“It also means that party members who were suspended in 2004 over the Tsholotsho declaration can therefore not make it into the central committee and politburo and these include Moyo, who is believed to have been the organiser of the meeting. He has fallen out of favour with the president.
“The regulations have also unfortunately been very unfriendly to the youths as it means most will struggle to get onto the central committee. By extension this means they will not play an important role in influencing the direction of the party.”
The Zanu-PF national elections directorate is chaired by Khaya Moyo and consists of national political commissar Webster Shamu and secretary for administration Didymus Mutasa, who are all members of the Mujuru faction.
Party spokesperson Rugare Gumbo, who is also reportedly in the Mujuru faction, however, justified the regulations and insisted they were not directed at anyone. He confirmed that the rules mean that officials who were expelled from the party and did not serve for 15 consecutive years were ineligible.
Gumbo said youths had no reason to complain as they are expected to be patient and rise through the ranks.
“They have the youth league; why are they worried about the central committee? After five years they will move on to the central committee, so there is no need for the complaints,” said Gumbo.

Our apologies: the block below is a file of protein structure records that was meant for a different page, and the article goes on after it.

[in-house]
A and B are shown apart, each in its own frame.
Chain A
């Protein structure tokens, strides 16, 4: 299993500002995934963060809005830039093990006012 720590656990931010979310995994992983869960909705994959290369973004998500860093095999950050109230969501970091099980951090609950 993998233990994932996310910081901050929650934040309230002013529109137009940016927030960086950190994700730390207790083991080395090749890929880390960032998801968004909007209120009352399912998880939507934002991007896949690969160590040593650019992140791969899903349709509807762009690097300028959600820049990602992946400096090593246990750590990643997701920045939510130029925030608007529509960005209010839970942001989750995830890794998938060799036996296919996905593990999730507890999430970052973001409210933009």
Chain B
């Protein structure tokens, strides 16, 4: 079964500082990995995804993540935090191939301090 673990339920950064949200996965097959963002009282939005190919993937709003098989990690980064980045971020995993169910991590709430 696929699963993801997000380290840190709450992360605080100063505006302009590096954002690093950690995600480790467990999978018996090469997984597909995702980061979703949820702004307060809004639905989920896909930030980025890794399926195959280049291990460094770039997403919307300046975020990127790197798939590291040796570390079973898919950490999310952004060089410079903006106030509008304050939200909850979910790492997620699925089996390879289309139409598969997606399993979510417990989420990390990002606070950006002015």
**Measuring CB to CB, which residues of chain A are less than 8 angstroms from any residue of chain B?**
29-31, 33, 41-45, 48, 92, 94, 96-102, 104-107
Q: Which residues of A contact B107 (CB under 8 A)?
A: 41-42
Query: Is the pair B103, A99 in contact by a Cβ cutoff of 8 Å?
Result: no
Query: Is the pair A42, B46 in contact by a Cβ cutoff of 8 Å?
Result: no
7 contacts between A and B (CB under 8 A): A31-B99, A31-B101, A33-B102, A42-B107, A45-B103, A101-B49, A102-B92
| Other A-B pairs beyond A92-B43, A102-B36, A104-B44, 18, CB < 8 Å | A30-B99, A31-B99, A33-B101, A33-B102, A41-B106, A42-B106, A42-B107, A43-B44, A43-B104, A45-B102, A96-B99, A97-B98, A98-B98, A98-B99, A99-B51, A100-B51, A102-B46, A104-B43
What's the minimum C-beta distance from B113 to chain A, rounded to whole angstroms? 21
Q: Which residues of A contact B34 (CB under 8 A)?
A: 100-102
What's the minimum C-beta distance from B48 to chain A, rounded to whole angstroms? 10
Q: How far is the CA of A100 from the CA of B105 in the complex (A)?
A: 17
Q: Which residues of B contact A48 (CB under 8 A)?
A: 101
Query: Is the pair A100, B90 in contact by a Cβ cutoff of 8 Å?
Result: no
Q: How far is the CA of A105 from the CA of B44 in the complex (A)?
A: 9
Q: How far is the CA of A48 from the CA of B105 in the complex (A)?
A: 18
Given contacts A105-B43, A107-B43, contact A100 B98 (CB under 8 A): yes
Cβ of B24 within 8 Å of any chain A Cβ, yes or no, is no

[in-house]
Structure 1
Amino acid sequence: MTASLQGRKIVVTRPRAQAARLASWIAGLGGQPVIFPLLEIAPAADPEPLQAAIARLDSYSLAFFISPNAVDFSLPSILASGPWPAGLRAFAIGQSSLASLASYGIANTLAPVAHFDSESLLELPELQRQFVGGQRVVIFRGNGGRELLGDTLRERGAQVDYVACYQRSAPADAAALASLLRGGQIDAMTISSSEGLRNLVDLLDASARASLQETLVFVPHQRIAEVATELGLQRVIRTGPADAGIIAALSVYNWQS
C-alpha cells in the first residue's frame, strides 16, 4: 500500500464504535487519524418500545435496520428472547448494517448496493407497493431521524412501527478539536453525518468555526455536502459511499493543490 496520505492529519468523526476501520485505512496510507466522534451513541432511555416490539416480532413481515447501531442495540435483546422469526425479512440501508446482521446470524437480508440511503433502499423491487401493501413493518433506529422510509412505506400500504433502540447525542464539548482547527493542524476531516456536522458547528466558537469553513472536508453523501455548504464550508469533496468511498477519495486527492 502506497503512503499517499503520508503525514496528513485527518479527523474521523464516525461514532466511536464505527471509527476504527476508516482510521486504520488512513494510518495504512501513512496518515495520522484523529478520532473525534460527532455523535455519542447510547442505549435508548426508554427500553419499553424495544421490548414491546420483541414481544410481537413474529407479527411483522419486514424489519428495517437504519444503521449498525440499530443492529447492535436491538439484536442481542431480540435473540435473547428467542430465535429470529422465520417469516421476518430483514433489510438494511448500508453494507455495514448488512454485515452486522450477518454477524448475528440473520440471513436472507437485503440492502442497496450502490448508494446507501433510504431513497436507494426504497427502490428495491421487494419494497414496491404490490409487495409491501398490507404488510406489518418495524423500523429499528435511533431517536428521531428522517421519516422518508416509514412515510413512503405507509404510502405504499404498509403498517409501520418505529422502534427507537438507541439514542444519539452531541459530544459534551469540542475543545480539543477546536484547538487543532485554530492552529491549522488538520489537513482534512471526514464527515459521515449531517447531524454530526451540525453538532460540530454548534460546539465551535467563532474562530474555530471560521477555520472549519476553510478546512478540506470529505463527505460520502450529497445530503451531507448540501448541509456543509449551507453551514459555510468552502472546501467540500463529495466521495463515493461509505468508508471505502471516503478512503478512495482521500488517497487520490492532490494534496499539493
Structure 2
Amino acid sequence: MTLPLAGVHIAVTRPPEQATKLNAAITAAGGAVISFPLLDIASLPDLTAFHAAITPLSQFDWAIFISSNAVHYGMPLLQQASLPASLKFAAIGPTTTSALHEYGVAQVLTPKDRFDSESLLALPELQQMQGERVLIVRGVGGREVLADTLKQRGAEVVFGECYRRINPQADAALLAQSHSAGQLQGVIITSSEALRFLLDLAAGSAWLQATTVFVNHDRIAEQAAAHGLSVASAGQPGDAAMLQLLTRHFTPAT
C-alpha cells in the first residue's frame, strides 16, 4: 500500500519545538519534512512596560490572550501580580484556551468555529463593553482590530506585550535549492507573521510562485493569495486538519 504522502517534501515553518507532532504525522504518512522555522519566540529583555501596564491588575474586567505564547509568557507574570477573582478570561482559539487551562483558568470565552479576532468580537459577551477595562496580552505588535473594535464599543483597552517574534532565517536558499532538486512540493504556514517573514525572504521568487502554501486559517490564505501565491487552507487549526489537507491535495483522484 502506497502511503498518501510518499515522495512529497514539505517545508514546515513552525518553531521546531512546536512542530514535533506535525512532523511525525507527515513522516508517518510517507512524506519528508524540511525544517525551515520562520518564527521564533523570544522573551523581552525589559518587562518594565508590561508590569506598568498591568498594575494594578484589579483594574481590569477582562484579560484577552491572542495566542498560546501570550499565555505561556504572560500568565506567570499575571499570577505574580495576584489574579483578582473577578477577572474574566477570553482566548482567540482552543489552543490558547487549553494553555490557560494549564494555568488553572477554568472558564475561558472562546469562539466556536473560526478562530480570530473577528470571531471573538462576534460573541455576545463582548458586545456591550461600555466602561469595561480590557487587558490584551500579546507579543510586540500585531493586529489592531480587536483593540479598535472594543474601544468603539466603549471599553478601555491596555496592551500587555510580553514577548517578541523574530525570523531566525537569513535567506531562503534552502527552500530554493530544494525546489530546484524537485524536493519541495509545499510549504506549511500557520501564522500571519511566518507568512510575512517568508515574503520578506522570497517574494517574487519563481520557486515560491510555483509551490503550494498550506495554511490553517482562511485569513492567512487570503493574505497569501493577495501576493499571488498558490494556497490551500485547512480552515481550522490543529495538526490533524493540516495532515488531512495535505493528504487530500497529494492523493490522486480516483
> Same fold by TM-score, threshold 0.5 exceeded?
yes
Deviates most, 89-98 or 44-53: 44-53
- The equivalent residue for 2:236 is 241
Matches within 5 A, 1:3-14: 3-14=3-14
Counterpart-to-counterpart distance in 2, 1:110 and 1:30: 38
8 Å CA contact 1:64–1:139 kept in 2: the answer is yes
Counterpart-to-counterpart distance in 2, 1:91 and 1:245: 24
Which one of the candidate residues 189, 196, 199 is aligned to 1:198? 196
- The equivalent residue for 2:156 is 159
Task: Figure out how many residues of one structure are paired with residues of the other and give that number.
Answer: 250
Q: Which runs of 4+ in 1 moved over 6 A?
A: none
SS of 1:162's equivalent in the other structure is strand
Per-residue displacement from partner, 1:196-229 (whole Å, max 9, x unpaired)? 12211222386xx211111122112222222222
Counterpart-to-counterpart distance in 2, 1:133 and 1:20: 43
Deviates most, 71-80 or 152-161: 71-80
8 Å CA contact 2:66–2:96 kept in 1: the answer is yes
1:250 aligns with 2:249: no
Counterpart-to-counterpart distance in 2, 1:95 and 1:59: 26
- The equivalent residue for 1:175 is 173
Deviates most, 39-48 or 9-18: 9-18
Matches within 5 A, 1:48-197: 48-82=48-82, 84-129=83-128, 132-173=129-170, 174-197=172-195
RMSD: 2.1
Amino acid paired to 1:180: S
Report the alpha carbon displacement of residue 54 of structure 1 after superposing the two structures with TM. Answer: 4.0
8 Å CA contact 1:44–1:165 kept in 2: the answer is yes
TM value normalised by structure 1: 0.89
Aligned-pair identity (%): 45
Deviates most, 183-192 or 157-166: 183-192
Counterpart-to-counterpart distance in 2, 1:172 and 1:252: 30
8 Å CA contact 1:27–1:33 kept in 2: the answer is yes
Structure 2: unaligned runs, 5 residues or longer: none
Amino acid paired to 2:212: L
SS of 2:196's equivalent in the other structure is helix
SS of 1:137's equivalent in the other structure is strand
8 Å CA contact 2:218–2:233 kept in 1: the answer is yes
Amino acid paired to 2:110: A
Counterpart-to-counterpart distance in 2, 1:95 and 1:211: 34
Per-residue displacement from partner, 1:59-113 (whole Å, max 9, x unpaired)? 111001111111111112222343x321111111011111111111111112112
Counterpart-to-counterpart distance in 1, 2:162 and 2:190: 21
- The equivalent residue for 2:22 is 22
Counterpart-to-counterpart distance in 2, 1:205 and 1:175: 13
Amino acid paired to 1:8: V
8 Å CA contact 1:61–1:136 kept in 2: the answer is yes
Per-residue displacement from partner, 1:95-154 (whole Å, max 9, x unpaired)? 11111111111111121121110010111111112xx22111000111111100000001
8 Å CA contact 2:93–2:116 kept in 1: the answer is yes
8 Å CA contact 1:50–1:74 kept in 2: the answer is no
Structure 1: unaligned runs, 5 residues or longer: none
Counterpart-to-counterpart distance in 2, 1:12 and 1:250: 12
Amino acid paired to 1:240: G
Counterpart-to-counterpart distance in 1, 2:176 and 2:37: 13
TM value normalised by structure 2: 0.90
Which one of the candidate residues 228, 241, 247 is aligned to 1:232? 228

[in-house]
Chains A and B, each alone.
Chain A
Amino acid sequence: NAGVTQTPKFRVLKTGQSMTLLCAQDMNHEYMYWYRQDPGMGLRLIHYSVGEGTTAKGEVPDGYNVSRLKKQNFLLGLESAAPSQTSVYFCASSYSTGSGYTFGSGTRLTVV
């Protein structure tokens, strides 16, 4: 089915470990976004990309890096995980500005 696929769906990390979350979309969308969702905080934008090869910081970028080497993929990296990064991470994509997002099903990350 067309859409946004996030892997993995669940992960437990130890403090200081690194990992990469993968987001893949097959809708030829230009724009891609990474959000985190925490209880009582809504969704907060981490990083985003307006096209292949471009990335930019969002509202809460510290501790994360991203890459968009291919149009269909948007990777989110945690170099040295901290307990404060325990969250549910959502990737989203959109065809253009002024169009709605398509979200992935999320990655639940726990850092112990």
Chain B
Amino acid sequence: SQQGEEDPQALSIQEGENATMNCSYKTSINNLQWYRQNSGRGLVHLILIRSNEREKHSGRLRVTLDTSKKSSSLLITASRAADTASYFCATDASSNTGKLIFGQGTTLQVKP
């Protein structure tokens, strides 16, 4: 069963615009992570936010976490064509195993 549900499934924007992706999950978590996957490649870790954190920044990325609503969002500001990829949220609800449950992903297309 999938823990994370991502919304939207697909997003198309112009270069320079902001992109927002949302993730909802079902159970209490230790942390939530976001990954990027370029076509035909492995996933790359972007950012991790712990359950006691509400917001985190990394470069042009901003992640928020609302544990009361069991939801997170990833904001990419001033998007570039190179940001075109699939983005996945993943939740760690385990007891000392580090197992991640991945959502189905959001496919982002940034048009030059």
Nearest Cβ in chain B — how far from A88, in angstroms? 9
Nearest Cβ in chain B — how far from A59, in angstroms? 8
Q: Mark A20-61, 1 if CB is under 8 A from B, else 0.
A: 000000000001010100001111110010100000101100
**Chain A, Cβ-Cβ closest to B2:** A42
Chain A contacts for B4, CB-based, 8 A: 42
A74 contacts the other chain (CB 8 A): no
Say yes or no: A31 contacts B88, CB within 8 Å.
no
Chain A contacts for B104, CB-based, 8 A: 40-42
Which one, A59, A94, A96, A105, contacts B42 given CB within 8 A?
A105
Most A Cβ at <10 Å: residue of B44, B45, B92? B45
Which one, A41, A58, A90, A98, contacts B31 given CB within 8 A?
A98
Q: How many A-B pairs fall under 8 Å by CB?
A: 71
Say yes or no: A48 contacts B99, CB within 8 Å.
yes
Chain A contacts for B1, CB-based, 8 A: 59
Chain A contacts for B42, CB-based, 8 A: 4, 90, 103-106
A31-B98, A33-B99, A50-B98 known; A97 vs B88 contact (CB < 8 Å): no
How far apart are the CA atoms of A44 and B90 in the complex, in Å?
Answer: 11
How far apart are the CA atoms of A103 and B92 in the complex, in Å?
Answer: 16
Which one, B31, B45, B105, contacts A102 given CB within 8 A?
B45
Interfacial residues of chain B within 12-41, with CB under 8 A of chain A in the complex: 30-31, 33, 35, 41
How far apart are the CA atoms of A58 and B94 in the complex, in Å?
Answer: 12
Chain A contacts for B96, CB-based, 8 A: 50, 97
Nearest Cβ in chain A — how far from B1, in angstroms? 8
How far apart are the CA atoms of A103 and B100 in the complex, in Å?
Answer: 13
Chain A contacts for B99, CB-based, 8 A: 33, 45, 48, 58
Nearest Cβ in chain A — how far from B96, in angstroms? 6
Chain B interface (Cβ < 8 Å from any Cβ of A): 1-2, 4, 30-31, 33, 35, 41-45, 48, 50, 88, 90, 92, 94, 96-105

“Actually, the complaints are coming from people who do not know Zanu-PF and how the party developed. Fifteen years is very fair. Some people actually wanted 20 years. I don’t understand what the rush is. It is important to be patient and wait for your time.”
Yet officials such as Moyo may still make it into the politburo as they would now rely on Mugabe’s benevolence to allow them into the central committee and politburo.
The Zanu-PF constitution empowers Mugabe to nominate 10 party members into the central committee “on account of their outstanding contribution to either the armed liberation struggle of the country and/or its development after independence”.
Many officials are curious to see whether Moyo will be appointed by Mugabe after he recently called him a weevil, a fool and the devil incarnate, following allegations the former political science lecturer wanted to destroy the party from within.
The regulations mean that former Reserve Bank of Zimbabwe governor Gideon Gono, who is likely to become more active in politics, will not make it onto the central committee and the politburo.
“He will also have to rely on the president if he is to make it,” said the politburo member.
The new rules were announced ahead of the party’s youth and women’s league congresses to be held in Harare from August 7 to 10 and from August 20 to 23 respectively.
To hold any position in the national women’s league, candidates must have a 15-year unbroken record of service to the party.
Additionally, the new rules also say, of the 15 years required of aspiring candidates, five years should have been spent serving in the party’s provincial executive. Candidates must not have been subject to criminal conviction or insolvency and nor should they have been found guilty and convicted by the party’s disciplinary proceedings during the past five years.
New rules also stipulate that youths who want to succeed in the national youth league must not be older than 35. They should also have served in the national executive of the youth league and have five years of service in its provincial executive.“The regulations have also unfortunately been very unfriendly to the youths as it means most will struggle to get onto the central committee”